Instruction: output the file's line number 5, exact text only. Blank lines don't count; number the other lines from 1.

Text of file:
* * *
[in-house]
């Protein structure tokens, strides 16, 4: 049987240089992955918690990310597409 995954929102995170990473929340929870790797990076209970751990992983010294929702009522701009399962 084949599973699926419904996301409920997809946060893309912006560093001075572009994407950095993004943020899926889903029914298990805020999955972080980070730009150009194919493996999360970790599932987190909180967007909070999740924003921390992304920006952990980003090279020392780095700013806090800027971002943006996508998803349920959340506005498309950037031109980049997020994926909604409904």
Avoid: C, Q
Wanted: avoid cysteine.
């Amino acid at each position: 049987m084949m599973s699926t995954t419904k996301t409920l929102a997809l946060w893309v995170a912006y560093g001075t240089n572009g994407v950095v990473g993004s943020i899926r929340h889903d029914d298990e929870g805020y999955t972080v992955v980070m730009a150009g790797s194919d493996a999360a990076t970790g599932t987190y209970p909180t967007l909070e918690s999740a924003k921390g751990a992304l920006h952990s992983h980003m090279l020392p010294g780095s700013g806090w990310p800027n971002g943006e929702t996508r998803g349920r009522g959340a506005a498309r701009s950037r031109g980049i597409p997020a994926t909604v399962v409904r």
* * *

């Amino acid at each position: 049987m084949m599973s699926t995954t419904k996301t409920l929102a997809l946060w893309v995170a912006y560093g001075t240089n572009g994407v950095v990473g993004s943020i899926r929340h889903d029914d298990e929870g805020y999955t972080v992955v980070m730009a150009g790797s194919d493996a999360a990076t970790g599932t987190y209970p909180t967007l909070e918690s999740a924003k921390g751990a992304l920006h952990s992983h980003m090279l020392p010294g780095s700013g806090w990310p800027n971002g943006e929702t996508r998803g349920r009522g959340a506005a498309r701009s950037r031109g980049i597409p997020a994926t909604v399962v409904r």